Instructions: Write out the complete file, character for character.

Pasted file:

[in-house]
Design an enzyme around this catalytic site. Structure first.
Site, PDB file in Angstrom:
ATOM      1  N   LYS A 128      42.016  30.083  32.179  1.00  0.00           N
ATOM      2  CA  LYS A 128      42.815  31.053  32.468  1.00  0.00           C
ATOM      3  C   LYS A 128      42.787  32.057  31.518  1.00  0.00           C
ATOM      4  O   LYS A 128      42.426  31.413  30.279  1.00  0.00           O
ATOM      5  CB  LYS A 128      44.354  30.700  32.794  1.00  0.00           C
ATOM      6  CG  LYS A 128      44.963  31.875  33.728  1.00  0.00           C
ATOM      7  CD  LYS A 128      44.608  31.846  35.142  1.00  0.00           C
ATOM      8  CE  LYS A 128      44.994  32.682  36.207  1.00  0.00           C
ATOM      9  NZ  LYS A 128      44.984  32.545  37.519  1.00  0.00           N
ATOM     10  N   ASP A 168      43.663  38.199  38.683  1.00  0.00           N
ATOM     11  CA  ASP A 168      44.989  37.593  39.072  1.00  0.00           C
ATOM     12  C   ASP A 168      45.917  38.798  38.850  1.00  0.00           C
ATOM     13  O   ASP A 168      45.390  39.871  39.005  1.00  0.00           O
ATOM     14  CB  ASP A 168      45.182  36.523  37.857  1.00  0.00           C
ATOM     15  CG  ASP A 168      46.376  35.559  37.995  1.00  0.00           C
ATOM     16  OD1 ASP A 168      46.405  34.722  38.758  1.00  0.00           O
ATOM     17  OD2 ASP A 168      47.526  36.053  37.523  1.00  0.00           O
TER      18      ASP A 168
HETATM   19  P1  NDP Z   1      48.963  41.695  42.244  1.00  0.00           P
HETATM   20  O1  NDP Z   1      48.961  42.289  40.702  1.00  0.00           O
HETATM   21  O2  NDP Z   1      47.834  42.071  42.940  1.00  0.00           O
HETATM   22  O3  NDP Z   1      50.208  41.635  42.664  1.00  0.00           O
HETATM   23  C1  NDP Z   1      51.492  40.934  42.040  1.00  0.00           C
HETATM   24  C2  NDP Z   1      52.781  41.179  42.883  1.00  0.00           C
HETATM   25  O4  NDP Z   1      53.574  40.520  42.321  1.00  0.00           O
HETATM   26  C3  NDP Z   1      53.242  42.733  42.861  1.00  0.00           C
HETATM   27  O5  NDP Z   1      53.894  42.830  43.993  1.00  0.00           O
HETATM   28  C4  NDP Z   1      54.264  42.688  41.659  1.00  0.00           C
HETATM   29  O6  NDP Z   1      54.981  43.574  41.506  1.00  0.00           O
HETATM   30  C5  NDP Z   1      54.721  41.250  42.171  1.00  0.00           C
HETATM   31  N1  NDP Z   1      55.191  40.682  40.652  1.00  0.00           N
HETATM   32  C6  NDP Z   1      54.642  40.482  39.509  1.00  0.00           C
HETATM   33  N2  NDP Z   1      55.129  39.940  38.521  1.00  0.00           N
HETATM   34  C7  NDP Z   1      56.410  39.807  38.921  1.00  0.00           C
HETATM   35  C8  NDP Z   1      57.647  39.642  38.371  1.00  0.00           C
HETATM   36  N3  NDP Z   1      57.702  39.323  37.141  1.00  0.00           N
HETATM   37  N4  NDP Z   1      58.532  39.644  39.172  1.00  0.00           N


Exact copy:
[in-house]
Design an enzyme around this catalytic site. Structure first.
Site, PDB file in Angstrom:
ATOM      1  N   LYS A 128      42.016  30.083  32.179  1.00  0.00           N
ATOM      2  CA  LYS A 128      42.815  31.053  32.468  1.00  0.00           C
ATOM      3  C   LYS A 128      42.787  32.057  31.518  1.00  0.00           C
ATOM      4  O   LYS A 128      42.426  31.413  30.279  1.00  0.00           O
ATOM      5  CB  LYS A 128      44.354  30.700  32.794  1.00  0.00           C
ATOM      6  CG  LYS A 128      44.963  31.875  33.728  1.00  0.00           C
ATOM      7  CD  LYS A 128      44.608  31.846  35.142  1.00  0.00           C
ATOM      8  CE  LYS A 128      44.994  32.682  36.207  1.00  0.00           C
ATOM      9  NZ  LYS A 128      44.984  32.545  37.519  1.00  0.00           N
ATOM     10  N   ASP A 168      43.663  38.199  38.683  1.00  0.00           N
ATOM     11  CA  ASP A 168      44.989  37.593  39.072  1.00  0.00           C
ATOM     12  C   ASP A 168      45.917  38.798  38.850  1.00  0.00           C
ATOM     13  O   ASP A 168      45.390  39.871  39.005  1.00  0.00           O
ATOM     14  CB  ASP A 168      45.182  36.523  37.857  1.00  0.00           C
ATOM     15  CG  ASP A 168      46.376  35.559  37.995  1.00  0.00           C
ATOM     16  OD1 ASP A 168      46.405  34.722  38.758  1.00  0.00           O
ATOM     17  OD2 ASP A 168      47.526  36.053  37.523  1.00  0.00           O
TER      18      ASP A 168
HETATM   19  P1  NDP Z   1      48.963  41.695  42.244  1.00  0.00           P
HETATM   20  O1  NDP Z   1      48.961  42.289  40.702  1.00  0.00           O
HETATM   21  O2  NDP Z   1      47.834  42.071  42.940  1.00  0.00           O
HETATM   22  O3  NDP Z   1      50.208  41.635  42.664  1.00  0.00           O
HETATM   23  C1  NDP Z   1      51.492  40.934  42.040  1.00  0.00           C
HETATM   24  C2  NDP Z   1      52.781  41.179  42.883  1.00  0.00           C
HETATM   25  O4  NDP Z   1      53.574  40.520  42.321  1.00  0.00           O
HETATM   26  C3  NDP Z   1      53.242  42.733  42.861  1.00  0.00           C
HETATM   27  O5  NDP Z   1      53.894  42.830  43.993  1.00  0.00           O
HETATM   28  C4  NDP Z   1      54.264  42.688  41.659  1.00  0.00           C
HETATM   29  O6  NDP Z   1      54.981  43.574  41.506  1.00  0.00           O
HETATM   30  C5  NDP Z   1      54.721  41.250  42.171  1.00  0.00           C
HETATM   31  N1  NDP Z   1      55.191  40.682  40.652  1.00  0.00           N
HETATM   32  C6  NDP Z   1      54.642  40.482  39.509  1.00  0.00           C
HETATM   33  N2  NDP Z   1      55.129  39.940  38.521  1.00  0.00           N
HETATM   34  C7  NDP Z   1      56.410  39.807  38.921  1.00  0.00           C
HETATM   35  C8  NDP Z   1      57.647  39.642  38.371  1.00  0.00           C
HETATM   36  N3  NDP Z   1      57.702  39.323  37.141  1.00  0.00           N
HETATM   37  N4  NDP Z   1      58.532  39.644  39.172  1.00  0.00           N